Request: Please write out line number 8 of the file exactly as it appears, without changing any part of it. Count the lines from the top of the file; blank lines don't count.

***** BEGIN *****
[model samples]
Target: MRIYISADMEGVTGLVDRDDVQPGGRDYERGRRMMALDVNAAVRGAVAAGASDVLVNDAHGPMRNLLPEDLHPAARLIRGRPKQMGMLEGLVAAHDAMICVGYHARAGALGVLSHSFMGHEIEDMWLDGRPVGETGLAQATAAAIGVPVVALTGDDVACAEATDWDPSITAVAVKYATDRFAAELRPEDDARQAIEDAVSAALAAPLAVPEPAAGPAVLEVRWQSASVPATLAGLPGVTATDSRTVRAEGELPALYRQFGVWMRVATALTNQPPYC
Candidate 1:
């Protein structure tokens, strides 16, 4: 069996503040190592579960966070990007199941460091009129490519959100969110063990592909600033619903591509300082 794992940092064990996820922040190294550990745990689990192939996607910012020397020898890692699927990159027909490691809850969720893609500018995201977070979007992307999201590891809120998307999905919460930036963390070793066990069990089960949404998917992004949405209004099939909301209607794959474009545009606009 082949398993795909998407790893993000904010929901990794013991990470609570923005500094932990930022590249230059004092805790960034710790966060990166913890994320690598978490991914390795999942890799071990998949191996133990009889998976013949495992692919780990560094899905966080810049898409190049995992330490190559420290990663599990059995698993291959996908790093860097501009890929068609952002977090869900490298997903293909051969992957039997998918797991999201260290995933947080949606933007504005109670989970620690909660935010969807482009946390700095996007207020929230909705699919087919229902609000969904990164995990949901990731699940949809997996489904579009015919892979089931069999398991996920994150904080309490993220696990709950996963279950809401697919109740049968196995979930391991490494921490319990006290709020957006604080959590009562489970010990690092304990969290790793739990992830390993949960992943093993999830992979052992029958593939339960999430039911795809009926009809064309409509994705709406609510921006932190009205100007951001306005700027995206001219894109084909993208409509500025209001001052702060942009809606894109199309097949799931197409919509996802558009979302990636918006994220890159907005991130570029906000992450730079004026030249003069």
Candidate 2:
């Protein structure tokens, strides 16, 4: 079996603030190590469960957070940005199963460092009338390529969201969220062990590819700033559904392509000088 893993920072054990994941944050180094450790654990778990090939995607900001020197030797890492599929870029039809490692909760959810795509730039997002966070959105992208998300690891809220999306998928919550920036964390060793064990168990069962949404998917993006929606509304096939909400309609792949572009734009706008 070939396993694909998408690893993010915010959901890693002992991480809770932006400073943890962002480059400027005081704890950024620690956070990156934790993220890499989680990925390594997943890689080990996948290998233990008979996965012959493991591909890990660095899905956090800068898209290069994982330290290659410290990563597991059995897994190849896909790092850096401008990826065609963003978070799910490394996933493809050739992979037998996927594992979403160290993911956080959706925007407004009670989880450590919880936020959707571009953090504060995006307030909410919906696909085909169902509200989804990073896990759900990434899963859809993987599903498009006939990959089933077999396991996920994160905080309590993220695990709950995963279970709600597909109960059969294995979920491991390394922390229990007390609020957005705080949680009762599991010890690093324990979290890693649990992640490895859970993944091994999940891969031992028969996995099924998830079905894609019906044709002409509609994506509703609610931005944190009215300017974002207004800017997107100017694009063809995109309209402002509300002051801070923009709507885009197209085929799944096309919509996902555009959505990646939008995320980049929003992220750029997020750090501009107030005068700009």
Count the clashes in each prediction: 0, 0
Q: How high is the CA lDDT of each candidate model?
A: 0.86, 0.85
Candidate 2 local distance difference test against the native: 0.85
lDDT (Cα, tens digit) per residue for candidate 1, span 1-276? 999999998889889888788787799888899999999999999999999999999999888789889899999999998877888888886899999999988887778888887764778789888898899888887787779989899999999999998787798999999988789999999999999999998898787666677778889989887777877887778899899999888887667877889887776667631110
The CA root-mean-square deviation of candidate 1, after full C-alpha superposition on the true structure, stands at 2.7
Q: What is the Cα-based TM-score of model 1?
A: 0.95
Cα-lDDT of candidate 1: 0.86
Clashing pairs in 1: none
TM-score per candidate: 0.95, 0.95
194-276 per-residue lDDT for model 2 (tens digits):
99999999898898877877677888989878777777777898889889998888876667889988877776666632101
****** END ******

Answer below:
Q: How high is the CA lDDT of each candidate model?